(Bloomberg) -- China’s blistering roll-out of solar capacity slowed as grids struggled to build enough power lines and backup capacity.

The country installed 45.7 gigawatts of photovoltaic panels in the first three months, up more than a third from a year earlier, the National Energy Administration said in a statement on Monday. While impressive compared with other countries, the growth rate pales in comparison with the 154% surge in the same quarter of 2023.

China, which still gets most of its electricity from coal, added a record 217 gigawatts of solar panels last year — more than the US has ever built. Installations are seen at as much as 220 gigawatts this year, according to forecasts from the solar industry association.  

That expansion will likely be driven by utility-scale projects, especially the massive renewables program concentrated in the country’s interior deserts, according to BloombergNEF. The nation needs to ensure the new capacity has the requisite infrastructure to transmit clean power from less-populated inland areas to consumption centers.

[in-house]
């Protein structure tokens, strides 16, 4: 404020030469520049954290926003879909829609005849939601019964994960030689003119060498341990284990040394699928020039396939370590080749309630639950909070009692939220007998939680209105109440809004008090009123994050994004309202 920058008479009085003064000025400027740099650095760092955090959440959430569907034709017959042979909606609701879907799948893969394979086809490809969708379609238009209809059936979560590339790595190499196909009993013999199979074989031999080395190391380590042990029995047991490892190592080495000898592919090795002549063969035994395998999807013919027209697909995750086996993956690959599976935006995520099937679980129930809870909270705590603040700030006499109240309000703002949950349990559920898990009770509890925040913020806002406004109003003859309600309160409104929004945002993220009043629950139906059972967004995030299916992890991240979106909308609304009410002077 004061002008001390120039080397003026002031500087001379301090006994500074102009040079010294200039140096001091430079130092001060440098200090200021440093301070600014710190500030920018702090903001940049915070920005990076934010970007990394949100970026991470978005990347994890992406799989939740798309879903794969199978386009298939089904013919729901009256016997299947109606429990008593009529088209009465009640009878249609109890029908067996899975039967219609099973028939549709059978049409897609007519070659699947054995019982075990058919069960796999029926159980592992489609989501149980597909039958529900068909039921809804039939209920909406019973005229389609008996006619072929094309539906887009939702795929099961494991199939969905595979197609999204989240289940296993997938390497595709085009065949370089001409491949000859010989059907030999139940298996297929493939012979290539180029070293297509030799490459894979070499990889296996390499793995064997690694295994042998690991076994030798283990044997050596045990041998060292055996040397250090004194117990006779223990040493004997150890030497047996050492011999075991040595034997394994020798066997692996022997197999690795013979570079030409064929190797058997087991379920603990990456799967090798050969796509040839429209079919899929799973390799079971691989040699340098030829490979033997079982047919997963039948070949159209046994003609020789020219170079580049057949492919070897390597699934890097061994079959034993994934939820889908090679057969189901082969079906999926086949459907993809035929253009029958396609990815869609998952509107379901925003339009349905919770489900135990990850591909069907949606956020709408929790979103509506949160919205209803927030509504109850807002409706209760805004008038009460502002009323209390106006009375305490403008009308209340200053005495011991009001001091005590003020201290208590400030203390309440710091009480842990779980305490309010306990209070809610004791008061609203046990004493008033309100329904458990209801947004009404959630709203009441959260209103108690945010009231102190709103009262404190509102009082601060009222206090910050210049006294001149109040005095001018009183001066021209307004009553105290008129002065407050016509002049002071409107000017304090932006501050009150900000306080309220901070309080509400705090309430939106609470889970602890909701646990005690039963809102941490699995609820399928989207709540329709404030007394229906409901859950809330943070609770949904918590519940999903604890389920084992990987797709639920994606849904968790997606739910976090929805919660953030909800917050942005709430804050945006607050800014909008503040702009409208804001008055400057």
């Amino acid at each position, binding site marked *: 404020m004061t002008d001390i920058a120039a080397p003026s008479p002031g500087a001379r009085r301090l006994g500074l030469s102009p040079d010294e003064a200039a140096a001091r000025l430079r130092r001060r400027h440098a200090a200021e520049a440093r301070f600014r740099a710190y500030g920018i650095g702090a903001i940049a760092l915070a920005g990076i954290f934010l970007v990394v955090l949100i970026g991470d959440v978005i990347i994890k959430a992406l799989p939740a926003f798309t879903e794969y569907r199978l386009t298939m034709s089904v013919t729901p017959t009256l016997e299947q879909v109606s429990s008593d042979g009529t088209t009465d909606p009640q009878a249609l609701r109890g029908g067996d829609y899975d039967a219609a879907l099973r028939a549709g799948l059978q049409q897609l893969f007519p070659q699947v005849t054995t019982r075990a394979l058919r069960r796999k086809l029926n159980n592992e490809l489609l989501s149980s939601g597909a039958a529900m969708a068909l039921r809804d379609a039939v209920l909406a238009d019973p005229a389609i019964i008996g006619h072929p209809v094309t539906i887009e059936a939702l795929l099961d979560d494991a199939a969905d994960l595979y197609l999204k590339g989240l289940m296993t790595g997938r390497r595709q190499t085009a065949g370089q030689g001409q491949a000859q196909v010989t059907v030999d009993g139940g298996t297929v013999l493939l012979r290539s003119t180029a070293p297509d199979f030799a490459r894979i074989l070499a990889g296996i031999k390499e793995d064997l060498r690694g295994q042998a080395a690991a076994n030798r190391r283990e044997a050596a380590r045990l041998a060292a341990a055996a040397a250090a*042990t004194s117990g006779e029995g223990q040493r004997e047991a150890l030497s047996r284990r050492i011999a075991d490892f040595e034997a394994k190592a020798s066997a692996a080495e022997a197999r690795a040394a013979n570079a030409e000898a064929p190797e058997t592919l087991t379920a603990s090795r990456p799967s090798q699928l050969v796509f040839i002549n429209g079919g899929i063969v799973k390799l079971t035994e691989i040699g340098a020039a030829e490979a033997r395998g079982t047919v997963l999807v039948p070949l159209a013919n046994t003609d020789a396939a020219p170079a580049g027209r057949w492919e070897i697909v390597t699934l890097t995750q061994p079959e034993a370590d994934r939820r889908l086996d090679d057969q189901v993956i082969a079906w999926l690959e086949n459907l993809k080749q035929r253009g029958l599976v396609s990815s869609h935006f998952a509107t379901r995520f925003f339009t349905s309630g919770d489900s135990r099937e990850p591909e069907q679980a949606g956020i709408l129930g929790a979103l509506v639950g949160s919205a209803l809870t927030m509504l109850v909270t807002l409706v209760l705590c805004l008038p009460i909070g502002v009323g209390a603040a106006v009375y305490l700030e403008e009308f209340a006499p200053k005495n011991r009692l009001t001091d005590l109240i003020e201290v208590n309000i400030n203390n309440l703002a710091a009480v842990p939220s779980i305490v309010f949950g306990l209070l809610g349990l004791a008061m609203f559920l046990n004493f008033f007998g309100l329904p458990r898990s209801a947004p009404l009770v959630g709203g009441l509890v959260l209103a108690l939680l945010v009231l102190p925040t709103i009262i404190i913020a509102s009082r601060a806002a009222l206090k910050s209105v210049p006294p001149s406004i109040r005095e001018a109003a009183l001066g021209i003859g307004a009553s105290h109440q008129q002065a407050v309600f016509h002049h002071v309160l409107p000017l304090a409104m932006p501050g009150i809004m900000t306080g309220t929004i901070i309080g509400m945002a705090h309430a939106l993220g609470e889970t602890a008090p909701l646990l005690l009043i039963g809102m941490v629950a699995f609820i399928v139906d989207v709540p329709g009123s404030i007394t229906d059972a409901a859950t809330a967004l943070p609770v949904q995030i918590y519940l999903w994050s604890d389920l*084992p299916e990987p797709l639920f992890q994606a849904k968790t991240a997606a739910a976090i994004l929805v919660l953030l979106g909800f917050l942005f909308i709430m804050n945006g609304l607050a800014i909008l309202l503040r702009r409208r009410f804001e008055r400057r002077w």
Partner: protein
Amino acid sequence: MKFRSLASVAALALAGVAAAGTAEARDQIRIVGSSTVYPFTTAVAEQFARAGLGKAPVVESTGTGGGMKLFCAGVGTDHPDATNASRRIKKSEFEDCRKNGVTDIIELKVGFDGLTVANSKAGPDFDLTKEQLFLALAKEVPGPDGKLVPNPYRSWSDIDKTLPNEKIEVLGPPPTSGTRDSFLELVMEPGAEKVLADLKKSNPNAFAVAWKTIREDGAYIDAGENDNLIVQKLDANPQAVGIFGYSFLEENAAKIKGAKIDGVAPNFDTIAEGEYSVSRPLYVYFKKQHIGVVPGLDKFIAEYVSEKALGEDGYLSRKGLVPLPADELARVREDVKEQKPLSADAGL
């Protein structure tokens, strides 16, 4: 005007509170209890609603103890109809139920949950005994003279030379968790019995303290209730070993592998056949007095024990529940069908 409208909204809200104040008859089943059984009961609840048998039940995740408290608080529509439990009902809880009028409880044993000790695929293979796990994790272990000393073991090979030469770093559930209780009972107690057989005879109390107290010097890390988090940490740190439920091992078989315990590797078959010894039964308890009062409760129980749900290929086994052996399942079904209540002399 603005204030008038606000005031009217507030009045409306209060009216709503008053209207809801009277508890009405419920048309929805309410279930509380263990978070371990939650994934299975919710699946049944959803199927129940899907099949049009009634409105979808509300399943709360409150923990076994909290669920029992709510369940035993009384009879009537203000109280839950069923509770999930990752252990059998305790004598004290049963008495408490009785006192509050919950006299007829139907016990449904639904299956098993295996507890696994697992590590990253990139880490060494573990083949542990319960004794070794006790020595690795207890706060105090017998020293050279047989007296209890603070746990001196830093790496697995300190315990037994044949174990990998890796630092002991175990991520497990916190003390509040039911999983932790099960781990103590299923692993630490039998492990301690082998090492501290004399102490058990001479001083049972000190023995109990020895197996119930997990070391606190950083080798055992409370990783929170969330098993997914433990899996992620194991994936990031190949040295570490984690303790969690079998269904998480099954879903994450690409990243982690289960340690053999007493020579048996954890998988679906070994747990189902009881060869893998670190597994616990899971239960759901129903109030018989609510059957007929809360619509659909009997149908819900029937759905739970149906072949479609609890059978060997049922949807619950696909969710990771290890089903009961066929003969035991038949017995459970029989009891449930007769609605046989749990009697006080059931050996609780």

Read More: Grid Snarls Pose Challenge to China’s Massive Desert Energy Push

Rooftop solar, which tends to be in more urban areas and has in recent years accounted for about half of capacity growth, is also facing grid challenges. Local networks have struggled with the large amount of intermittent electricity, and have been forced to curtail their generation or allow prices to go negative during low-demand time periods.

That has had a knock-on effect on the utilization of solar. The average panel generated about 8% less power in the first quarter from a year earlier, Monday’s data show.

The government is stepping up efforts to bolster grids in order to continue the clean energy expansion and and meet its decarbonization goals. The NEA and the National Development and Reform Commission announced a plan earlier this year to enable the grid to connect 500 gigawatts of small-scale renewables by 2025, while grid companies also pledged to build more high-voltage long-distance power lines. 

The country also added 15.5 gigawatts of wind, 6.4 gigawatts of thermal, and 1.8 gigawatts of hydro power capacity in the first three months, the NEA said. 

--With assistance from Dan Murtaugh.

(Updates with chart, grid curtailment in sixth paragraph)

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